High earners should pitch in fair share to Social Security
How do you feel about your retirement prospects? Are you optimistic that you’ll be able to afford to stop working some day?
If you’re anxious just thinking about this subject, you’re not alone.
Last week, I wrote about the problems with our retirement system on a policy level. What strikes me about this issue is that more and more people are deeply concerned about retiring without security of any kind.
Will you have enough money to live comfortably in retirement? Almost half of Americans say no. That anxiety keeps growing. Back in 2002 when Gallup first asked that question, only one in three Americans expressed doubts about their retirement savings.
This makes sense. In 2002, many more people had pensions, and Social Security wasn’t under continuous attack.
Now in California, one out of every two workers has nothing saved for retirement. Nationally, the numbers are no better. On average, older workers age 56 to 61 – very close to traditional retirement age – have $17,000 saved for retirement.
Counting on Social Security alone? The average monthly payment in California is $1,377 – less than the average rent for an apartment.
We see people in their 80s, looking for work because they need the money. We know people who live on Social Security alone, with no consistent transportation, no way to afford regular dental or vision care, no way to visit loved ones.
This is no way to end one’s working years.
These statistics reflect the difficult situation so many working Californians face. Take Pablo Narvaez. Now in his 50s, he has been working in the fast food industry for almost two decades, and is always holding two or three jobs to make ends meet.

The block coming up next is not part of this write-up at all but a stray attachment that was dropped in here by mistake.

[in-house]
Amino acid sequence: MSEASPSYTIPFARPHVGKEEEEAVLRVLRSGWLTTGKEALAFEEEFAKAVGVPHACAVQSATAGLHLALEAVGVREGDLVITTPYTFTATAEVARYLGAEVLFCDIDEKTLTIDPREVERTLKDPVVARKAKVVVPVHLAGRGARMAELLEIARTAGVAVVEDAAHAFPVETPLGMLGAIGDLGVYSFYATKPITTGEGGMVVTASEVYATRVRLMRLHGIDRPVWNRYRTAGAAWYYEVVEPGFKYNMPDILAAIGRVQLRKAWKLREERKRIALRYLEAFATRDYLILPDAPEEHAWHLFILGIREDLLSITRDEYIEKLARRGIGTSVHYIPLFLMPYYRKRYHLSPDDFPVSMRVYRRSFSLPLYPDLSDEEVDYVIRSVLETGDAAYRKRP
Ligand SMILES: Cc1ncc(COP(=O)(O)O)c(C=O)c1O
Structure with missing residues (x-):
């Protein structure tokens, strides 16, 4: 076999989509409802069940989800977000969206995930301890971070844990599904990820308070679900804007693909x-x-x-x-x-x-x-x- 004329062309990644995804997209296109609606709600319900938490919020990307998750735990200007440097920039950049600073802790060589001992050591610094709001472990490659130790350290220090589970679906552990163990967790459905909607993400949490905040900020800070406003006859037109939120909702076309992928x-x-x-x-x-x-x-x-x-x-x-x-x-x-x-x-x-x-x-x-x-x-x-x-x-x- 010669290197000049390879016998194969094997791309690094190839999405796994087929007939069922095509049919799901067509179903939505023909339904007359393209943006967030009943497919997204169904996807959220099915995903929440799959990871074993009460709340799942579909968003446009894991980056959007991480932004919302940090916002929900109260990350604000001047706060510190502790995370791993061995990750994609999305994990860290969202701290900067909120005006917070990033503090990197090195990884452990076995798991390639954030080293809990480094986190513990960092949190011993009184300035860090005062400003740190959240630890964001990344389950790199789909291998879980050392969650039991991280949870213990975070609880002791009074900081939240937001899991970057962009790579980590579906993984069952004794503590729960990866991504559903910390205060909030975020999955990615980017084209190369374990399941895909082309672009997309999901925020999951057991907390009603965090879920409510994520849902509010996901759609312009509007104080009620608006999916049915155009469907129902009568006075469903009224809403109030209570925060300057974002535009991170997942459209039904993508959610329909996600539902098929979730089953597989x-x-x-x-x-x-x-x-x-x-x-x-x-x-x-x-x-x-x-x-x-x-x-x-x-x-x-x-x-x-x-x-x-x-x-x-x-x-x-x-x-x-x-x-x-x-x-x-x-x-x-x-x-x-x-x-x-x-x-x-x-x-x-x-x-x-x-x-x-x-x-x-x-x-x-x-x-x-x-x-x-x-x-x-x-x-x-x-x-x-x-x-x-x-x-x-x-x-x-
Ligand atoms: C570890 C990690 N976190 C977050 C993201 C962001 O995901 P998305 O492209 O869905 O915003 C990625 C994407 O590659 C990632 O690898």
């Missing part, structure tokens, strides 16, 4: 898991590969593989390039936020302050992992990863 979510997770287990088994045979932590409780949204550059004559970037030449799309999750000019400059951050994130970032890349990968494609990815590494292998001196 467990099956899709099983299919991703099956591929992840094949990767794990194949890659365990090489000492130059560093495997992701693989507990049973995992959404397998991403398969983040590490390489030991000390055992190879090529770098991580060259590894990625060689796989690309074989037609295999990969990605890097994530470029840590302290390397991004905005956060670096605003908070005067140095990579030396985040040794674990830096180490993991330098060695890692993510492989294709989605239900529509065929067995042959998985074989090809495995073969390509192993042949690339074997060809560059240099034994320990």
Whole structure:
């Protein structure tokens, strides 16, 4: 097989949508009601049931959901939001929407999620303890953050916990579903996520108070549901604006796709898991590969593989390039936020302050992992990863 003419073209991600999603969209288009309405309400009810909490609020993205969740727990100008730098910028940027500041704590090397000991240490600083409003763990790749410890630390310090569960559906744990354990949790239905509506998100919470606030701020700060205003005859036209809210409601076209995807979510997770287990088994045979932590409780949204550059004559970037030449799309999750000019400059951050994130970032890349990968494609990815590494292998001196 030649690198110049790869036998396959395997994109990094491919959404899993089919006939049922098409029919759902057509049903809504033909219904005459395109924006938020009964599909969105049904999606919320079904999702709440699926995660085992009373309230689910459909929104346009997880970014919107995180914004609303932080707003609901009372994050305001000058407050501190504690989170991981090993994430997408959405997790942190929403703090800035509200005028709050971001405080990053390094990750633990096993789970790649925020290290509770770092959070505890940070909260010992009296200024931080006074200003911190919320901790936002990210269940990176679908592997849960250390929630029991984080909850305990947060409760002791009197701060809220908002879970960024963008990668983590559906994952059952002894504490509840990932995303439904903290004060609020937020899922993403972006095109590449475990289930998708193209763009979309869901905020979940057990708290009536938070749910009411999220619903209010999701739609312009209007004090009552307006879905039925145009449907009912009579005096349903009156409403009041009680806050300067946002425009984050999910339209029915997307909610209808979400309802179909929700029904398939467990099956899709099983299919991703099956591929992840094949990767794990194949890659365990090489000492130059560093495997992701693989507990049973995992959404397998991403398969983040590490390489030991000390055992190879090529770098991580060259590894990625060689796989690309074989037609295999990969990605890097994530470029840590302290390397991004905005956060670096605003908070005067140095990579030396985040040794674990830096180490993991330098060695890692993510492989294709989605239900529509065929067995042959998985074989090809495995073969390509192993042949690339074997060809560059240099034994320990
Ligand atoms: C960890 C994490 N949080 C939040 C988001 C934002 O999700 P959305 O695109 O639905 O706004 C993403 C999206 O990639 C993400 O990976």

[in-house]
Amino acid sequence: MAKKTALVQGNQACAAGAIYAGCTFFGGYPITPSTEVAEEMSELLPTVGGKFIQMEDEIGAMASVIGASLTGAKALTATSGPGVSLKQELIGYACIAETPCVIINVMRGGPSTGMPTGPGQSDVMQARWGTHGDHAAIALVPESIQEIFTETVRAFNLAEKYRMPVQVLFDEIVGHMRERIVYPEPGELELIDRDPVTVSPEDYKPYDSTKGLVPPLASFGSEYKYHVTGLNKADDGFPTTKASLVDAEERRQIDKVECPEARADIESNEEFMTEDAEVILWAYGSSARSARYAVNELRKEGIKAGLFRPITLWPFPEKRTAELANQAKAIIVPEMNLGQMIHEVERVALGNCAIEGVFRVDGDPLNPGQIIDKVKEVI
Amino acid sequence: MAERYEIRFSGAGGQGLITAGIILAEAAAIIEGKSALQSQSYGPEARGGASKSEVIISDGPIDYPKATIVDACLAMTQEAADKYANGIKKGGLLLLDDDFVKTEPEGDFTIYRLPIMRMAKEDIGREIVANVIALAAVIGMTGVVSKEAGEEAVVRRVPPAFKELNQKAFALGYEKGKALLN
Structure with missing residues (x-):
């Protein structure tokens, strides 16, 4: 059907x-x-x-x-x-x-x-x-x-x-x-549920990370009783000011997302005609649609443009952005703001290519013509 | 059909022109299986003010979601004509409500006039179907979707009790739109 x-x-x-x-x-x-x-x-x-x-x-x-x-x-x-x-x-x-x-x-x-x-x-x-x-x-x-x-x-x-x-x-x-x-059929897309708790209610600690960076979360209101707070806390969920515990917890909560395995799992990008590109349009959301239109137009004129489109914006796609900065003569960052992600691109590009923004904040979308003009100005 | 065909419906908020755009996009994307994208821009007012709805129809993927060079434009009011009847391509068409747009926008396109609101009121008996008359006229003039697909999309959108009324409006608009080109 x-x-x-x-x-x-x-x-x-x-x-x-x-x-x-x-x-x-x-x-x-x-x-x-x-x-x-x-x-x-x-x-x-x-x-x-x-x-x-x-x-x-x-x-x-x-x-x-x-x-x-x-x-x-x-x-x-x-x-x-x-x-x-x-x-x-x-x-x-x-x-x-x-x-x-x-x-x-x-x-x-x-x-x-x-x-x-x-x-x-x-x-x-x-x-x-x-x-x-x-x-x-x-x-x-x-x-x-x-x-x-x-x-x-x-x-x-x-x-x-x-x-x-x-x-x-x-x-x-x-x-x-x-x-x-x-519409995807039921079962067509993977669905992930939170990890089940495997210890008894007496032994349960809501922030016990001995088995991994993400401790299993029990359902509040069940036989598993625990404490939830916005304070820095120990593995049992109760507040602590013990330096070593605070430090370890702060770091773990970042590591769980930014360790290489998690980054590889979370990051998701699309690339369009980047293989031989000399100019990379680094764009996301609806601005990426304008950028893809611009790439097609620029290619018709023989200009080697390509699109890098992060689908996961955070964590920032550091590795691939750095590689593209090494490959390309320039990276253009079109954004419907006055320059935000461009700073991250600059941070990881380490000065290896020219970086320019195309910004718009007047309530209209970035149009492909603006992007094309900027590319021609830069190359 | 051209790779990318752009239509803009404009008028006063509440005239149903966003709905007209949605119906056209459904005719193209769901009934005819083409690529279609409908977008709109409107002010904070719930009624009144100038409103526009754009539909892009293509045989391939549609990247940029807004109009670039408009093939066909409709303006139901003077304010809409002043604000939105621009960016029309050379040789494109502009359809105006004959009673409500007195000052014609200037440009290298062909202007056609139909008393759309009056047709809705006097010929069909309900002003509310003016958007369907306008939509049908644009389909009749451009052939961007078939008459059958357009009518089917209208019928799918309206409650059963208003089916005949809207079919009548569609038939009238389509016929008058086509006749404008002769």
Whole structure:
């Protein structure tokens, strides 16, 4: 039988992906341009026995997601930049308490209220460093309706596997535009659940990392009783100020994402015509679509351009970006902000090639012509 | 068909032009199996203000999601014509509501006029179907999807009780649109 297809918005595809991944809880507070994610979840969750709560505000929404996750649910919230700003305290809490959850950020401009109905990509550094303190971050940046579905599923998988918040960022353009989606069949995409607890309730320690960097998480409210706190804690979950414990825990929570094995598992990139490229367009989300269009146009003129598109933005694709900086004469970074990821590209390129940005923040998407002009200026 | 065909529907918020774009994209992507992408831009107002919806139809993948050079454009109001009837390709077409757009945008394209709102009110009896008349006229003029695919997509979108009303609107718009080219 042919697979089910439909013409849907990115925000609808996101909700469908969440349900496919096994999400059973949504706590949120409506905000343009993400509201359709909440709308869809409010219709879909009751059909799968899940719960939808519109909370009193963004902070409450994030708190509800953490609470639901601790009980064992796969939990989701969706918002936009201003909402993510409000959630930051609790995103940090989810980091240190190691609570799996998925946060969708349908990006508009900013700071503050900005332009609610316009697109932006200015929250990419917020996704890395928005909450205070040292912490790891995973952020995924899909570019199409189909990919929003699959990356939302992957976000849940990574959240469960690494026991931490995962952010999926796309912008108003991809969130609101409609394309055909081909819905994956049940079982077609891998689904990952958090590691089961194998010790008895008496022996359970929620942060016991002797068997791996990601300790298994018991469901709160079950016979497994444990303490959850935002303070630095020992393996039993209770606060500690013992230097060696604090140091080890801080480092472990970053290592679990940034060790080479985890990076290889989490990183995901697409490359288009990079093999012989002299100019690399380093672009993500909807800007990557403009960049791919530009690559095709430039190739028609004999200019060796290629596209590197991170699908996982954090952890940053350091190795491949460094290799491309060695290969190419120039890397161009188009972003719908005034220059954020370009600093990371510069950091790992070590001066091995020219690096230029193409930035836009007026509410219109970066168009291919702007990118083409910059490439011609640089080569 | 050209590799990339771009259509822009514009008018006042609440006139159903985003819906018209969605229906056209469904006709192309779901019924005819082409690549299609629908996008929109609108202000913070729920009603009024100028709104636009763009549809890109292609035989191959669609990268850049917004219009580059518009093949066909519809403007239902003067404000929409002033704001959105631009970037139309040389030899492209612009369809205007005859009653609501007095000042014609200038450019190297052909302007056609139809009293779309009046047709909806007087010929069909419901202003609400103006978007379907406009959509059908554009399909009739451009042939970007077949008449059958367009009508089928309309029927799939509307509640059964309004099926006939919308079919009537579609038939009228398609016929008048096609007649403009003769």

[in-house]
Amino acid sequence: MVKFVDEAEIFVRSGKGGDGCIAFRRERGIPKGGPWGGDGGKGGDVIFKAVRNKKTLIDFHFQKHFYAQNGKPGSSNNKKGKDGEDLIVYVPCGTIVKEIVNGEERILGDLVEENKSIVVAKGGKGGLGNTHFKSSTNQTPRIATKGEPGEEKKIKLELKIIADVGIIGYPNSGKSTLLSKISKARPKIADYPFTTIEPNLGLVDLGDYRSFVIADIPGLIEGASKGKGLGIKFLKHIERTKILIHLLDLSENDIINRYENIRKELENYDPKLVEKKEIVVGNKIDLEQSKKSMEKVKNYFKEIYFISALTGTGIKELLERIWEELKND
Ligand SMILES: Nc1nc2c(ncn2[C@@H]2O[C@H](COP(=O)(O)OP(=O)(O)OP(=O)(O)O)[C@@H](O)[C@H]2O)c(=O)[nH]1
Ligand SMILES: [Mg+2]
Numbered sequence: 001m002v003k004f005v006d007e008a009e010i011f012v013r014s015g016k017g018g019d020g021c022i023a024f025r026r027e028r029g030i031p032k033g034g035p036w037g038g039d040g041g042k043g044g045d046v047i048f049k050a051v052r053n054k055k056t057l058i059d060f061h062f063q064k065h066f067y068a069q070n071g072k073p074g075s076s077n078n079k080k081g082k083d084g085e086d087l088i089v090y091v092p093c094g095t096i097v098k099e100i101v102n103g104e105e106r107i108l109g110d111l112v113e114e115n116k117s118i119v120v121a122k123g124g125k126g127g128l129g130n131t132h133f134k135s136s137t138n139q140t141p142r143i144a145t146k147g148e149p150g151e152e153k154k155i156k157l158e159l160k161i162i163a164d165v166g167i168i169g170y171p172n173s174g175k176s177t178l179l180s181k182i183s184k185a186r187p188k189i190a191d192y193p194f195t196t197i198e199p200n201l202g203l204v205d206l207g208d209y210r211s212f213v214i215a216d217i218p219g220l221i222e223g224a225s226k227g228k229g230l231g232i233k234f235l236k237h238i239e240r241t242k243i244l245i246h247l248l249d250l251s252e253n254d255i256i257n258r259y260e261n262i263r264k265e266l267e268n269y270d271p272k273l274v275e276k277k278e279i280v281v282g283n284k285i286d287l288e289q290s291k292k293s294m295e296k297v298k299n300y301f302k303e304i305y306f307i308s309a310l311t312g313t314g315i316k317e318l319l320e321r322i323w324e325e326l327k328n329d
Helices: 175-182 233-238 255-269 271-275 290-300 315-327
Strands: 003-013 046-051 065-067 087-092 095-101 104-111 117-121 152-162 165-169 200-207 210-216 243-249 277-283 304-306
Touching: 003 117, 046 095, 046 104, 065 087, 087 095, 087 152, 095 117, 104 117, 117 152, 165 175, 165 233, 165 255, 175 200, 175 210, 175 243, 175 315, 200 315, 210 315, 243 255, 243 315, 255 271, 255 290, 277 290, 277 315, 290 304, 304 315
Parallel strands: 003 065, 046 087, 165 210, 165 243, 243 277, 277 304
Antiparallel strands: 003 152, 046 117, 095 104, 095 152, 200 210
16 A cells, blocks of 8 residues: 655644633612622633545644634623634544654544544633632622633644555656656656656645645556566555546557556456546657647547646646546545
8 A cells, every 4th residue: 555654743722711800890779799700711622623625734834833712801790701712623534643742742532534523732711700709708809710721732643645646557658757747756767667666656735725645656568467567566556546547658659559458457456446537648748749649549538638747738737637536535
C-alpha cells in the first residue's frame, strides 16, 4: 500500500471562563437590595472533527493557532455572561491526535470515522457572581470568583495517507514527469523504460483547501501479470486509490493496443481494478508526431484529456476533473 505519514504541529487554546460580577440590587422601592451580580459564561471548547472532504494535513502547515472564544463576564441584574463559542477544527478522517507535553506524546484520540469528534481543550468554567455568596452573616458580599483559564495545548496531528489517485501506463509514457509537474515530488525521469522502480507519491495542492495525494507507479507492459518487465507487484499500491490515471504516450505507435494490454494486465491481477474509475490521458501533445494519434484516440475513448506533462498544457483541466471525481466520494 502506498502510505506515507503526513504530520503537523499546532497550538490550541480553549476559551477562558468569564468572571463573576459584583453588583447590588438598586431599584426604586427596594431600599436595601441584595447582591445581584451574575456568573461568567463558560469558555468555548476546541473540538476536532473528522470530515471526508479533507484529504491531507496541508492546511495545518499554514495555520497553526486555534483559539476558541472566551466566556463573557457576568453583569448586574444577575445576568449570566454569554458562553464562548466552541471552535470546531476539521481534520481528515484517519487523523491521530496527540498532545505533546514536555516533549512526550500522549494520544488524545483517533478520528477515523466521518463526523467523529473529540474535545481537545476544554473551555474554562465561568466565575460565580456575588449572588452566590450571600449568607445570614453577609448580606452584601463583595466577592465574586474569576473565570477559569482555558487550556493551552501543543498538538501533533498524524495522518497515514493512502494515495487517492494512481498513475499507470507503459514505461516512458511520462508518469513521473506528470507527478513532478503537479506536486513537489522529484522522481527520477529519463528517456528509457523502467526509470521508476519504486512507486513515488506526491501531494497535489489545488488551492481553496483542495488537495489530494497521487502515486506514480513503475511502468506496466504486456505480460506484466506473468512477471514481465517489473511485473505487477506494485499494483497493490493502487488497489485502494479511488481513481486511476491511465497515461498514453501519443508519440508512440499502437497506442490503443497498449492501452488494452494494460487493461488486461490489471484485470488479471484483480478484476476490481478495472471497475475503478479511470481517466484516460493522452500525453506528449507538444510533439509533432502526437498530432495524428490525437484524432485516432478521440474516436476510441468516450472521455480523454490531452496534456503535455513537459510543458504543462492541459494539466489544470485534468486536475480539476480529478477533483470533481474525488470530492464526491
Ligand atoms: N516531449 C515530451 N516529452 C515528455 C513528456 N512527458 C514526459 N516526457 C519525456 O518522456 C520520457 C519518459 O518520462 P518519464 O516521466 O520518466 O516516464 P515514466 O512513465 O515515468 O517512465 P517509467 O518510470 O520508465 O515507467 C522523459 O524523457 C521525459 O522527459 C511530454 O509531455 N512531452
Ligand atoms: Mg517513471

When I met him, he was working in the morning in construction and in the evening in a restaurant. He had just finished sending his children to college and was going to start – at age 52 – to try to put some money away for retirement. Besides that, he’s worried about continuing to work. Pablo shared that, as he gets older, he has fewer opportunities to be hired or to get a full-time job.
We are fighting back against federal attacks on retirement that would make our retirement even riskier. The Koch brothers and other billionaires have spent millions trying to privatize Social Security, the best anti-poverty tool for seniors. Although these opponents have yet to gut this safety net, they have been successful in making more people believe Social Security is in trouble.
The real problem with Social Security is high earners are not paying their fair share. Currently, people pay Social Security taxes on their income up to $132,900. Any income above that amount is not taxed. By removing that cap, billions more every year would go towards ensuring Social Security’s future benefits.
That would be a popular move. A 2017 Pew Research Center poll found that 95% of Democrats and 86% of Republicans preferred to maintain or expand Social Security.
We don’t have a resource problem, we have a distribution problem. If more wealthy people pay their fair share, we will have plenty of money in the Social Security Trust Fund for our lifetimes. And we could look ahead to a future where our senior years are indeed golden.